‘The week that Anglophobia died’ was the headline on the Irish Times article by that splendid columnist Fintan O’Toole(1) at the end of the Queen’s hugely successful visit to Ireland. Citing Frank O’Connor’s poignant story of Irish volunteers in the war of independence executing captured British soldiers who a few days earlier they had been addressing as ‘chum’, O’Toole said O’Connor’s story suggested that ‘left to themselves, without the interventions of violence and power, Irish people and English people get on rather well. It is cruel circumstance that has blighted a naturally decent relationship. Queen Elizabeth’s visit was essentially about bringing home the reality that those circumstances have changed for good.’
O’Toole concluded that we, citizens of Ireland, had now been freed from the ‘crippling insecurities of false choices. Before the choice was to hate England or to be a West Brit. Now there’s the healthy option of simply getting on with the neighbours’.
He said this would have two long-term effects: firstly, to free Irish energies to concentrate on our real problems, starting with getting back the sovereignty that was won from the British but lost to the European Central Bank. Secondly, to redefine what it is to be Irish. ‘That new identity has to be positive rather than negative. But it also has to find a way to include Britishness. Those on the island who value the British part of their identity have to know that, for everyone else, British is not a dirty word.’
Pointing out how little public sympathy there had been for the hard-line republican protesters against the visit, former Fianna Fail Minister Martin Mansergh (one of the main architects of the peace process) observed: ‘The truth is that the old ideology of ‘Brits Out’, timetable for withdrawal, occupied Ireland etc has been made obsolete by the success of the Good Friday Agreement.’(2)
May was a good month for contemporary Irish history in other ways. The Northern Ireland Assembly election was positively boring in its ordinariness, lack of incident, and preoccupation with bread-and-butter issues. The only serious outburst of bigotry, by new Ulster Unionist leader Tom Elliott against Sinn Feiners at the Fermanagh-South Tyrone count, was roundly condemned by all sides, including his own. Even though the DUP and Sinn Fein consolidated their hold on their respective tribes, Alliance also did well.
In Scotland the Scottish National Party won a famous victory partly by not over-emphasising their separatist credentials, which was compared by commentators to the way that Sinn Fein had hardly mentioned the North in their Southern election campaign in February. Moderation and common sense and an emphasis on cooperation and partnership seem to be breaking out everywhere.
In this atmosphere of friendship and pragmatism between Britain and Ireland, unionist and nationalist, the rather immobile concept of North-South cooperation for mutual benefit needs to be taken out again, dusted down and injected with a badly needed infusion of new energy.
Can I suggest that one way forward could be in the unlikely-sounding area of ‘impact assessment’? Over the past year my CCBS colleague Ruth Taillon has been doing some highly innovative work – along with partners in the Euro Institute in Kehl in Germany – in developing a method to help policy makers and project promoters to decide whether or not a cross-border approach to tackling a particular problem in Northern Ireland and the Irish border region would bring ‘added value’ beyond what might be achieved in a single jurisdiction. This has been funded, as is so much of the Centre’s work, by the EU INTERREG programme through the Special EU Programmes Body, and is also part of the work we are doing with colleagues in the TEIN network of cross-border universities and institutes in 10 European border regions.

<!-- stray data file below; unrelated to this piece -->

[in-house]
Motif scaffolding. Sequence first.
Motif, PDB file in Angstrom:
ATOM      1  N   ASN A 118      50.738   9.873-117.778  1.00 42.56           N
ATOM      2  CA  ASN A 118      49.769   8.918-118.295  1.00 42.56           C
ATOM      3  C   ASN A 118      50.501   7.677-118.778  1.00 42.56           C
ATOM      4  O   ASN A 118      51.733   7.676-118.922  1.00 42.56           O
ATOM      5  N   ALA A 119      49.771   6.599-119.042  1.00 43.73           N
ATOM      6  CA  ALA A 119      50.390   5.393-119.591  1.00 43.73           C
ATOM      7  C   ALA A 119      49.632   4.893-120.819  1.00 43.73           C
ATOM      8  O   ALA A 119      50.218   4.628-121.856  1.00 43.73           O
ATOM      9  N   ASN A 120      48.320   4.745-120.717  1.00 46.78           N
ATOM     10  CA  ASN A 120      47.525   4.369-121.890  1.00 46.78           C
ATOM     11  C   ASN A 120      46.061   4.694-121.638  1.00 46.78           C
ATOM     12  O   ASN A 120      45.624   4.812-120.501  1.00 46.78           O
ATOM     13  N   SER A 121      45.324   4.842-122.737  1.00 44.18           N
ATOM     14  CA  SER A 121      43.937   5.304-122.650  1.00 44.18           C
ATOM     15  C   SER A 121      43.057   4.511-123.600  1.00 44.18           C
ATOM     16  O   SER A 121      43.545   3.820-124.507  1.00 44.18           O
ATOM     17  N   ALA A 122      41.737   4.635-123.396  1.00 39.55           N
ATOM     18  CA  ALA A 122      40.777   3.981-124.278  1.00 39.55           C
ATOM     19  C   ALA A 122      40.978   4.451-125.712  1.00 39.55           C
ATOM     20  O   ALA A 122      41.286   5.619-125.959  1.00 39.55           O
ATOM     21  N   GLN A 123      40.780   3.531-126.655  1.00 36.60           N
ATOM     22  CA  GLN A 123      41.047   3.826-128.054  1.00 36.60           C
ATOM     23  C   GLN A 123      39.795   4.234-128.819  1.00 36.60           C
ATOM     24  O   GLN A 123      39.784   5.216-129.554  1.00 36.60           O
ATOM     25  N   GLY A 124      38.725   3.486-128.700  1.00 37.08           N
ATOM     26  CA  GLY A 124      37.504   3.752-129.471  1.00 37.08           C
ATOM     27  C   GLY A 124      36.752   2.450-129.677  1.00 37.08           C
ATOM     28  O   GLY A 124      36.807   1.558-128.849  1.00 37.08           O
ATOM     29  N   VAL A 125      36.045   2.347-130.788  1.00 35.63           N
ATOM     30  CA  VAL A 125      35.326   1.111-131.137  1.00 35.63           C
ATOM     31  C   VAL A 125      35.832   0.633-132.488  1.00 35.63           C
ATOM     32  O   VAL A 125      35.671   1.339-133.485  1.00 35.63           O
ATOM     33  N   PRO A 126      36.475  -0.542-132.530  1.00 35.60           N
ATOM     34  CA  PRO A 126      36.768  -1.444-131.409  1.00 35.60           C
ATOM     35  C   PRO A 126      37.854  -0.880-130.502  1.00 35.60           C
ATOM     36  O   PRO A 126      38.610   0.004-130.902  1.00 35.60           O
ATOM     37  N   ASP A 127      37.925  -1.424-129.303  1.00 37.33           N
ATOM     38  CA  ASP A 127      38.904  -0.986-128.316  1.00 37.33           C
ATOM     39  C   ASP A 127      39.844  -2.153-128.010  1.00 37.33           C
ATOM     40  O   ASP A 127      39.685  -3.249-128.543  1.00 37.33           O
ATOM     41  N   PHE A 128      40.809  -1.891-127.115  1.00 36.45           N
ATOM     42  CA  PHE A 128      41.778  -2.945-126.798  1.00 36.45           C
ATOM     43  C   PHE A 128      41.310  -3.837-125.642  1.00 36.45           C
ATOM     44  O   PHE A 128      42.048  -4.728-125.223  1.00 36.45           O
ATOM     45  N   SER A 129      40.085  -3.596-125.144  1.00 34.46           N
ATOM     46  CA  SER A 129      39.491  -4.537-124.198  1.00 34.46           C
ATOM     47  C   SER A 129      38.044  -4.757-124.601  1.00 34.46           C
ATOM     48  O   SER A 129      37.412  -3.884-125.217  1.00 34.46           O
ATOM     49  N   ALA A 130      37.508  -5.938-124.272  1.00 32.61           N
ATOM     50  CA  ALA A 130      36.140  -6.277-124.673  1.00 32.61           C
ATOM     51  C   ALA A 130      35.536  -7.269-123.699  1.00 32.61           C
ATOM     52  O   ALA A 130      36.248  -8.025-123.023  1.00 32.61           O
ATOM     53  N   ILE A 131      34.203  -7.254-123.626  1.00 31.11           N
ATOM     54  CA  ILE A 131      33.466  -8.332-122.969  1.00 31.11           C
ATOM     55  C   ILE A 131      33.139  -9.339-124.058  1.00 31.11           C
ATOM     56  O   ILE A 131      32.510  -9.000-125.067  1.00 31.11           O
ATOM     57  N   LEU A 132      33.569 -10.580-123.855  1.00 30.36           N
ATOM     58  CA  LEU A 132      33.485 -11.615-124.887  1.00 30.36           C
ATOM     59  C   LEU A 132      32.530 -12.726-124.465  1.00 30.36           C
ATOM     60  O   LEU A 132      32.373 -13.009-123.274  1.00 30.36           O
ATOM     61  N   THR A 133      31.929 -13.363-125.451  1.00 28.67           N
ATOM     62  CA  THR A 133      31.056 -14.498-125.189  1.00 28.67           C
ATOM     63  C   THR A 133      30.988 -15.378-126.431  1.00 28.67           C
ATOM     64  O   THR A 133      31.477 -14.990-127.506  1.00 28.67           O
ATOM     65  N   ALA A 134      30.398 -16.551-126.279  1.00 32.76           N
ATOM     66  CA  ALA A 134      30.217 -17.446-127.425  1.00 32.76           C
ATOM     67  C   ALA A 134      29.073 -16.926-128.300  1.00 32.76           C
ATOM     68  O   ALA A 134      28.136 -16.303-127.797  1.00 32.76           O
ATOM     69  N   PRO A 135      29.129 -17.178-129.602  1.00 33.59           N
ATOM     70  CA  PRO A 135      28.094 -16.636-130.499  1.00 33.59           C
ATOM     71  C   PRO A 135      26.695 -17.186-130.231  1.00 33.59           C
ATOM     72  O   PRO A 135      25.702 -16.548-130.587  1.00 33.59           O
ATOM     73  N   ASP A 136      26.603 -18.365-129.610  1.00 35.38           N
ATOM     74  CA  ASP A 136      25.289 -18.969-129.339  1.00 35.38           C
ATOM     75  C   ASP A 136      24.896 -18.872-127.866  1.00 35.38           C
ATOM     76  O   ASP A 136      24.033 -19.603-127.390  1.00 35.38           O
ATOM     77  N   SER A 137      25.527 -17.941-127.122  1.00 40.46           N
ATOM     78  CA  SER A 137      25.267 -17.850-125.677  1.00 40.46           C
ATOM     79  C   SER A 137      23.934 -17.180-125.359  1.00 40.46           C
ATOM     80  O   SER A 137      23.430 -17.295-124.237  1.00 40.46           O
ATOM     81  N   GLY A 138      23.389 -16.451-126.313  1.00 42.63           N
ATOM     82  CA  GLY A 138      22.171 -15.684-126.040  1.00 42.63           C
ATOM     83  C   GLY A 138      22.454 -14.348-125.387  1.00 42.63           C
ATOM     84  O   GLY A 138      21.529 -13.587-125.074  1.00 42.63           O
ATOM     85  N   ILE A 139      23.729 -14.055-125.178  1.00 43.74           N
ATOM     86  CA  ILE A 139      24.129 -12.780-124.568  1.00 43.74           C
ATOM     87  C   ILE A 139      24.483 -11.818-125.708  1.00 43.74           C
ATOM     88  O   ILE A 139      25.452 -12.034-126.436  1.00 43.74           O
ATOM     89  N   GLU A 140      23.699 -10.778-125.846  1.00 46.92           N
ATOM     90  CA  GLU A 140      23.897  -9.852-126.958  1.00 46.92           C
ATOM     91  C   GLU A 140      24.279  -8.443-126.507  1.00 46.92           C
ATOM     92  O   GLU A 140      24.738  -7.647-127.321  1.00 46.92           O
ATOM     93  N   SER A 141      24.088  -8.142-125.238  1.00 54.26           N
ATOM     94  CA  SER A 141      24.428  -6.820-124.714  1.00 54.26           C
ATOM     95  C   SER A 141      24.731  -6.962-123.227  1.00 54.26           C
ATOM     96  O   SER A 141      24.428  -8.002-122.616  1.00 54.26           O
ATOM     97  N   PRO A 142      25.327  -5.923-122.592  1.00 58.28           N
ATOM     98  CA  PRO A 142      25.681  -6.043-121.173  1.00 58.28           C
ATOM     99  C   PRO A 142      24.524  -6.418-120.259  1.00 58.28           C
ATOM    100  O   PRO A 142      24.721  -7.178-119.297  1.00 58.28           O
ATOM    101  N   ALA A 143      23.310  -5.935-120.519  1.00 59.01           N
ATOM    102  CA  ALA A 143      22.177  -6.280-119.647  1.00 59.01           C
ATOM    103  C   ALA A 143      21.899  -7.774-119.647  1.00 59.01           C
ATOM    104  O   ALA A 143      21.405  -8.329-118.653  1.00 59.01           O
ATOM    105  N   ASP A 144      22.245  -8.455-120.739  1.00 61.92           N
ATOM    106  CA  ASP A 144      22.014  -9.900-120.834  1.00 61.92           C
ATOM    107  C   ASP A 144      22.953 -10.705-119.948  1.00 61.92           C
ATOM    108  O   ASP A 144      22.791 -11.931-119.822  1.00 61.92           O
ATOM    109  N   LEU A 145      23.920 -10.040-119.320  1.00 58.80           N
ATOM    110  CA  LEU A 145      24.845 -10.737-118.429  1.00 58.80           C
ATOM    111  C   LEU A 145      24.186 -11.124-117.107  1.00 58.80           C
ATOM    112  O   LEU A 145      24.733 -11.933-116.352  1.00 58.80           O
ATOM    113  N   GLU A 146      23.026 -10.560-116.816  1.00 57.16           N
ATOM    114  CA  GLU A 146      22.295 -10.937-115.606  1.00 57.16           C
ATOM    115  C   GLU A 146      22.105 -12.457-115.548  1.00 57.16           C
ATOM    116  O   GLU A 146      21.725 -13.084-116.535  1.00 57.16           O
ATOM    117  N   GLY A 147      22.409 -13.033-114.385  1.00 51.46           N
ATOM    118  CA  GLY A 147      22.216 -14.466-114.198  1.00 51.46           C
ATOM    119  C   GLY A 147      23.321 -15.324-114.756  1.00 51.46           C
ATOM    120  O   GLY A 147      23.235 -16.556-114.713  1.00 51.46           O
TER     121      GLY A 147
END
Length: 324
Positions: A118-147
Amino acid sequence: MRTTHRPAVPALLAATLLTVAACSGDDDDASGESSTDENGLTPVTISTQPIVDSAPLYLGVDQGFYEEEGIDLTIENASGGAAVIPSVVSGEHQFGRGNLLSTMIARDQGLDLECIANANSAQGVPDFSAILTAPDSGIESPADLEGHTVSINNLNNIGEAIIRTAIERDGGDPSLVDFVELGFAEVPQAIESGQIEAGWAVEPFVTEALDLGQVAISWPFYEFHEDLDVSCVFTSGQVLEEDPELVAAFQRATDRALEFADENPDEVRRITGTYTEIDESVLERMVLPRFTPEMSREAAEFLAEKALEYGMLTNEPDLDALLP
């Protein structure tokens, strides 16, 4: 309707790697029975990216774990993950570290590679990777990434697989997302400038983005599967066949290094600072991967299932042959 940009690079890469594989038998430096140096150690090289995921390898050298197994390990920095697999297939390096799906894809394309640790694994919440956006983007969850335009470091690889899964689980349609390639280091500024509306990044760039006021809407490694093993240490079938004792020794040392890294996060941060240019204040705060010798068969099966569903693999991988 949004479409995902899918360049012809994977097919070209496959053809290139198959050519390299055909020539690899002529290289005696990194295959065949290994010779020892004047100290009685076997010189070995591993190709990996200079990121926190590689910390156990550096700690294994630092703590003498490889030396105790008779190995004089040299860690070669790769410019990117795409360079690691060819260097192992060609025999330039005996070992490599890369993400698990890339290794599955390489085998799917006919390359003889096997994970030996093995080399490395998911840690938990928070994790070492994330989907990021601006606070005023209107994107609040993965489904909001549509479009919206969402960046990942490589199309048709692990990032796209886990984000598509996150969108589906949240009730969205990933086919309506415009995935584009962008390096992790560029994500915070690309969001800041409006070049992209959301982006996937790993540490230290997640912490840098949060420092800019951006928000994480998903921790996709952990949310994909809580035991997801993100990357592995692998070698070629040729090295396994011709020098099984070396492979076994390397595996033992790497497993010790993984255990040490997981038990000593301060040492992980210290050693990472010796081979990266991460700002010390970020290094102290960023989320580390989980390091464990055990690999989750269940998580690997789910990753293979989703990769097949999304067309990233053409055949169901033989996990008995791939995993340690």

This is cross-border cooperation at its most sensible, practical and mutually beneficial. It works on the basis that you only do cross-border cooperation where it brings real added value to assist governments, businesses, local authorities, health and education bodies and ‘grass roots’ communities who want to solve a common problem or exploit a common potential. Examples of this kind of cooperation are building cross-border roads; upgrading the Belfast-Dublin railway; doing certain health specialties, such as radiotherapy and ENT, on a joint basis; undertaking cross-border university research; providing information for people crossing the border to live and work; local authorities treating adjoining border areas as one region for tourism promotion (as Louth and Newry and Mourne are about to do); and working together to dispose of waste.
These are good examples of North-South cooperation that has worked over the past decade. We in the Centre for Cross Border Studies, and in our ‘sister’ organisation, the International Centre for Local and Regional Development, believe there are many other areas where it makes plain common sense to come together to solve mutual problems, particularly in the delivery of public services. We make no apology for beating this drum over and over again. I will return to it in a future ‘Note’.
Andy Pollak retired as founding director of the Centre for Cross Border Studies in July 2013 after 14 years. He is a former religious affairs correspondent, education correspondent, assistant news editor and Belfast reporter with the Irish Times.